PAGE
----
* U.S. Department of Interior
Solicitor's Office
* U.S. Department of Justice
(Environment t Natural Resources
* U.S. Environmental Protection
Agency Office of Administrative Law
* U.S. Environmental Protection
Agency Office of Enforcement t
Compliance Assurance
* U.S. Environmental Protection
Agency, Region IV
* Wildlaw


Environmental and Land Use Law at Florida

Florida's sensitive, varied and beautiful
natural environment makes the state a
natural choice for students who want
to focus on national and global issues
of land use and environmental law. Its
proximity to Latin America also enriches
the curriculum and facilitates opportuni-
ties for exchange in countries like Costa
Rica and Brazil, where the Levin College
of Law has strong ties.

The Levin College of Law is a distinc-
tive part of a preeminent research
university that also is one of the nation's
most comprehensive, offering a wealth
of opportunities for interdisciplin-
ary research, teaching and learning.
Founded in 1853, the University of
Florida is one of only 30 public universi-
ties in the prestigious Association of
American Universities- which recog-
nizes outstanding North American grad-
uate research universities. Professional
degrees are offered in law, dentistry,
medicine, pharmacy and veterinary

The University of Florida's law school
was established in 1909, and is accred-
ited by the American Bar Association
and is a member of the Association of
American Law Schools. Students and
faculty enjoy the benefits of a recent $25
million expansion project that created
a legal learning setting second to none.
Located on the wooded western border

of the UF campus near Lake Alice, the
law school is housed in state-of-the-art
facilities that include the largest law
library in the southeast, two new educa-
tion towers with modern, comfortable
classrooms, and the Chesterfield Smith
Ceremonial Classroom, which seats
up to 180 for conferences, receptions
and special sessions. Most classrooms
offer advanced technology such as
wireless Internet access, outlets for lap-
top computers, and "smart podia" for
presentations. Faculty members easily
incorporate web-based or multi-media
instruction into the classroom.

The University of Florida also offers
a variety of social and extracurricular
activities. The Center for Performing
Arts features Broadway touring produc-
tions, operas, ballet, symphony orches-
tras and world-famous performers, while
local venues offer first-class theater and
popular productions. UF's Gator football,
basketball and other top-ranked men's
and women's athletic programs offer an
exciting array of activities.

The university is located in Gainesville,
a city of approximately 118,000 in North
Central Florida. It is on the 1-75 corridor
halfway between Atlanta and Miami
and between the Atlantic Ocean and
Gulf of Mexico less than two hours by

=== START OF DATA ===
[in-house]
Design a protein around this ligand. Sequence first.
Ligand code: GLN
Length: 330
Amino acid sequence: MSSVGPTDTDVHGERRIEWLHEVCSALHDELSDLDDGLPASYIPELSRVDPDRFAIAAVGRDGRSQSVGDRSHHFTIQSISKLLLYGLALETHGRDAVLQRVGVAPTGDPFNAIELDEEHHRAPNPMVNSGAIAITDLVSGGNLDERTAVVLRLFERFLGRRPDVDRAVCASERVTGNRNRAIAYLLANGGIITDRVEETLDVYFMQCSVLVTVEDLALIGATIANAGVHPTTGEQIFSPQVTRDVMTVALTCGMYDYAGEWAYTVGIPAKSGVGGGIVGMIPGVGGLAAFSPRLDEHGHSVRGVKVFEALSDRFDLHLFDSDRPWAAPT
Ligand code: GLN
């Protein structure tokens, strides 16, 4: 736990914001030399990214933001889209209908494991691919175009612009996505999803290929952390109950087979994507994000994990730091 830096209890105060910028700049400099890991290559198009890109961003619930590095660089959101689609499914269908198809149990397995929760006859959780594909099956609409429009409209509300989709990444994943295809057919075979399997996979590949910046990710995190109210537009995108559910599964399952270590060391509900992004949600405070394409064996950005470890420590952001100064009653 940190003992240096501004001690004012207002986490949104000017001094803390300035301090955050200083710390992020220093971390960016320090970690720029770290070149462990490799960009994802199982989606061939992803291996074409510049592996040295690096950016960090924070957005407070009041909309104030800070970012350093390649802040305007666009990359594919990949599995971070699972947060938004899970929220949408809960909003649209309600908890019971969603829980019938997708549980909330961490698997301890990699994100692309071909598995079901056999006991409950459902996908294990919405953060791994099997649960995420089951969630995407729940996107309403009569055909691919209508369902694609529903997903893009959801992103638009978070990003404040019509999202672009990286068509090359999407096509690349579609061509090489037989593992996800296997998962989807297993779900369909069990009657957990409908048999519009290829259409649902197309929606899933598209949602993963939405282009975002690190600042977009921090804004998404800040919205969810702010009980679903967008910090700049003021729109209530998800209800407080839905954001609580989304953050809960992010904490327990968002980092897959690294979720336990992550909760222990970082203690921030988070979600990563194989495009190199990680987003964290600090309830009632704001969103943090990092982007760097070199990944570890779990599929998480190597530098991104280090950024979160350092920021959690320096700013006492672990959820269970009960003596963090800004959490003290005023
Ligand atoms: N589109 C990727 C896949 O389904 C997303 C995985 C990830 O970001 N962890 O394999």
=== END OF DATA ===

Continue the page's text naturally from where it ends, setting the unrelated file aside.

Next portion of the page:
car from either coast as well as from
major cities such as Orlando, Tampa

and Jacksonville. Its moderate tempera-
ture averages 70 degrees.

Money magazine and other publications
consistently rate the home of the Levin
College of Law as one of America's
most livable cities, and Outdoor Explorer
magazine identified Gainesville as one
of the nation's top 10 cities for outdoor
recreation. The beauty of north central
Florida's freshwater springs, the many
rivers and coastal areas that offer oppor-
tunities for kayaking and canoeing, and
its proximity to Florida's famed beaches
attract many outdoor enthusiasts to

Contact Information
University of Florida
Levin College of Law
Environmental and
Land Use Law Program
P.O. Box 117625
Gainesville, FL 32611-7625
Online: www.law.ufl.edu/elulp
E-mail: elulp@law.ufl.edu
Phone: 352-273-0777
Fax: 352-392-9419

Produced by the Levin College of Law
Communications Office. Editor: D. Amirin.
Primary photography: K Hines.


UF Law:

Access the latest
on UF Levin College of
Law faculty, programs
and events, a variety of
legal links and more at


* One of the NATION'S LARGEST law schools, with 1,300 students, approximately 60
tenure/tenure track faculty and 40-plus other full-time faculty who support the college
through clinical, research, skills training and administrative programs. It offers J.D.
certificate programs in Environmental and Land Use Law, Estates and Trusts Practice,
Family Law, Intellectual Property Law, and International and Comparative Law; an
extensive array of joint degree programs; specialized centers, institutes and program areas;
and strong clinical offerings.
* A high quality, comprehensive law school, with LEADING PROGRAMS in GRADUATE
* Has offered STRONG INTERNATIONAL PROGRAMS for more than three decades,
and many faculty are experts in international legal issues. These programs and its LL.M.
in Comparative Law Program for foreign lawyers expand the school's curriculum and
international offerings and strengthen its ties with programs and scholars around the globe.
SIGNIFICANT LEADERSHIP ROLES. Its alumni include four presidents of the American
Bar Association, the majority of The Florida Bar presidents, 34 judges in U.S. federal courts,
four governors of Florida, and hundreds of state senators and representatives and Florida
Cabinet members. Nine graduates became college presidents, including at UF. A dozen have
served as deans of law schools.

Levin College of Law
P.O. Box 117625
Gainesville, FL 32611-7625